Essentially all of the physiological and morphological characteristics. Essentially all of the physiological and morphological characteristics refers to a plant having essentially all of the

physiological and morphological characteristics of the recurrent parent, except for the characteristics derived from the converted trait.

Elongation (El). As used herein, the term "elongation" is defined as the measure of elasticity of a bundle of fibers as measured by High Volume Instrumentation (HVI).

Length. As used herein, the term "length" is defined as 2.5% span length in inches of fiber as measured by HVI.

Fiber Strength (Tl). As used herein, the term "strength" is defined as the force required to break a bundle of fibers as measured in grams per millitex on the HVI.

Fruiting Nodes. As used herein, the term "fruiting nodes" is defined as the number of nodes on the main stem from which arise branches that bear fruit or bolls.

Gin Turnout. As used herein, the term "gin turnout" is defined as a fraction of lint in a machine harvested sample of seed cotton (lint, seed, and trash).

Homology. As used herein, the phrase "homology" or "homologous" refers to polynucleotide molecules that generally demonstrate a substantial percent sequence identity with the regulatory polynucleotides provided herein. Substantially homologous polynucleotide molecules include polynucleotide molecules that function in plants and plant cells to direct transcription and have at least about at least about 90% sequence identity, or even greater sequence identity, specifically including about 90%, 91%, 92%, 93%, 94%, 95%, 96%, 97%, 98%, 99% or greater sequence identity with the AtRAVl and/or AtRAV2 genes from, e.g., cotton plants.

Lint/Boll. As used herein, the term "lint/boll" is the weight of lint per boll.

Lint Index. As used herein, the term "lint index" refers to the weight of lint per seed in milligrams.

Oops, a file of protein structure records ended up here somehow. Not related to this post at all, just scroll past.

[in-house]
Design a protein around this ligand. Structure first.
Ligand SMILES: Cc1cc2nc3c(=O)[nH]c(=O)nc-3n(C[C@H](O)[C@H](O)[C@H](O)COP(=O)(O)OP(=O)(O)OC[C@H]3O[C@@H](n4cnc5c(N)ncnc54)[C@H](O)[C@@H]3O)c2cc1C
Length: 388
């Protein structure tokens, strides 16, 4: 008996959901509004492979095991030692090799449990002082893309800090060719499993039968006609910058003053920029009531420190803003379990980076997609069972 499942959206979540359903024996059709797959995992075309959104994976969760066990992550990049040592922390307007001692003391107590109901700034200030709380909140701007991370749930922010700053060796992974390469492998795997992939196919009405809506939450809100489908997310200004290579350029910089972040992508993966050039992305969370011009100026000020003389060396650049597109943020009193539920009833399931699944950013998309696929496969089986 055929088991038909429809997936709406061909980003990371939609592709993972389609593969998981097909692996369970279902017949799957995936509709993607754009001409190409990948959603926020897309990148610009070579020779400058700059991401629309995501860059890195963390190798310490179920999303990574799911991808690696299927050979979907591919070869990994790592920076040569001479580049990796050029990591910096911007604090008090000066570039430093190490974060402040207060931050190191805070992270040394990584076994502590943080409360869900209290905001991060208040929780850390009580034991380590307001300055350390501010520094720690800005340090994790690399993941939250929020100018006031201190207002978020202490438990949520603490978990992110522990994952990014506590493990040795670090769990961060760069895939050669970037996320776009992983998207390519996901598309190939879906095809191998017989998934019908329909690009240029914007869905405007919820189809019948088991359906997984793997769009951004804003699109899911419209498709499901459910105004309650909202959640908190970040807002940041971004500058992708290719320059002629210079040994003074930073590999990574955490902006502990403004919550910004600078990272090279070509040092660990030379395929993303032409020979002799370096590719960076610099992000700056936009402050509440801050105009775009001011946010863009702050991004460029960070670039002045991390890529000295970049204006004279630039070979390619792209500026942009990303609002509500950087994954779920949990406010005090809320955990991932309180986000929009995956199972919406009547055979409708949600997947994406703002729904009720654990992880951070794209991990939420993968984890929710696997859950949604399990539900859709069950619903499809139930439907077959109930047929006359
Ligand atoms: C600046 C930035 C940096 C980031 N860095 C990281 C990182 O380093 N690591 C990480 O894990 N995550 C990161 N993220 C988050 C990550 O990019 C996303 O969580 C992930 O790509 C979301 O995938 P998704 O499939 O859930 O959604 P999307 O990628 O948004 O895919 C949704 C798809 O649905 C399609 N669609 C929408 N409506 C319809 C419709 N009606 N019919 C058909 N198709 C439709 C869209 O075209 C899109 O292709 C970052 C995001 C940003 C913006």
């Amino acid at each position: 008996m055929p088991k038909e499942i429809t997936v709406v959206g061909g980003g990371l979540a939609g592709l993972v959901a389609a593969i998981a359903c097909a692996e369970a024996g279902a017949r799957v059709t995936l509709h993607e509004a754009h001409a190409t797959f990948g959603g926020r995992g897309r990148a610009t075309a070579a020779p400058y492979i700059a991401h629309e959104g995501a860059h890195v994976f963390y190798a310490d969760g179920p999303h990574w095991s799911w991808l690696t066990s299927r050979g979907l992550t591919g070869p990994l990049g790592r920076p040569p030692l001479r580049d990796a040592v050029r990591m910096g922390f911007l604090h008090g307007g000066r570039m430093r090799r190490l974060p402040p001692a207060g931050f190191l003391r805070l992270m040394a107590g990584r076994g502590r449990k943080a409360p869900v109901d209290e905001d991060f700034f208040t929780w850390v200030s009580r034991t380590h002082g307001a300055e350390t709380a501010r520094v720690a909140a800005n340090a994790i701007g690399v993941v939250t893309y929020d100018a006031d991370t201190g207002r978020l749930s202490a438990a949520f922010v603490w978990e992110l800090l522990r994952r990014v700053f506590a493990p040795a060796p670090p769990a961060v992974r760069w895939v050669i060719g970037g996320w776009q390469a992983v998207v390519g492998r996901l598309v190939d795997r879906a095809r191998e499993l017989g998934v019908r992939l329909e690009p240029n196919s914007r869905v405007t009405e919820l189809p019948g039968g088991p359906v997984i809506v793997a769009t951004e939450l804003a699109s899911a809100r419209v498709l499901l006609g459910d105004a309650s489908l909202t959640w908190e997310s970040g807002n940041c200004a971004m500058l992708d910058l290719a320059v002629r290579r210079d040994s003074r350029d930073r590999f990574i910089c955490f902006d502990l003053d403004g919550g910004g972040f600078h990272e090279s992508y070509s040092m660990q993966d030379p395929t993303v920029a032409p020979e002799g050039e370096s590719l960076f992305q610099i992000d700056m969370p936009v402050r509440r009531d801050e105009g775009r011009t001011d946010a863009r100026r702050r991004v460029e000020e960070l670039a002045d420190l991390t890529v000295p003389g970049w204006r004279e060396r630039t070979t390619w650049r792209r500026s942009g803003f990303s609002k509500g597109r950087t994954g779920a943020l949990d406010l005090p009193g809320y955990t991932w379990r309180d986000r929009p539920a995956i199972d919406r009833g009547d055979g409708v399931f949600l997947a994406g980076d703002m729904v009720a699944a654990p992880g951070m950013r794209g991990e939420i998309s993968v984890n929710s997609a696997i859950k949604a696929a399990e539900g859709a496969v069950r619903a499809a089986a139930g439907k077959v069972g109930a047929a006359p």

Lint Percent. As used herein, the term "lint percent" is defined as the lint (fiber) fraction of seed cotton (lint and seed). Also known as lint turnout.

Maturity. As used herein, the term "maturity" is defined as the HVI machine rating which refers to the degree of development of thickening of the fiber cell wall relative to the perimeter or effective diameter of the fiber.

Micronaire. As used herein, the term "micronaire" is defined as a measure of the fineness of the fiber. Within a cotton cultivar, micronaire is also a measure of maturity. Micronaire differences are governed by changes in perimeter or in cell wall thickness, or by changes in both. Within a cultivar, cotton perimeter is fairly constant and maturity will cause a change in micronaire.

Consequently, micronaire has a high correlation with maturity within a variety of cotton. Maturity is the degree of development of cell wall thickness. Micronaire may not have a good correlation with maturity between varieties of cotton having different fiber perimeter. Micronaire values range from about 2.0 to 6.0.

Ortholog. As used herein, the term "ortholog" refers to a polynucleotide from a different species that encodes a similar protein that performs the same biological function. For example, genes that encode a certain nucleic acid binding protein from, for example, Arabidopsis and rice, are orthologs. Orthologs may also exhibit similar tissue expression patterns (for example, constitutive expression in plant cells or plant tissues). Often, orthologous nucleotide sequences are characterized by significant sequence similarity. A nucleotide sequence of an ortholog in one species (for example, Arabidopsis) can be used to isolate the nucleotide sequence of the ortholog in another species (for example, rice) using standard molecular biology techniques.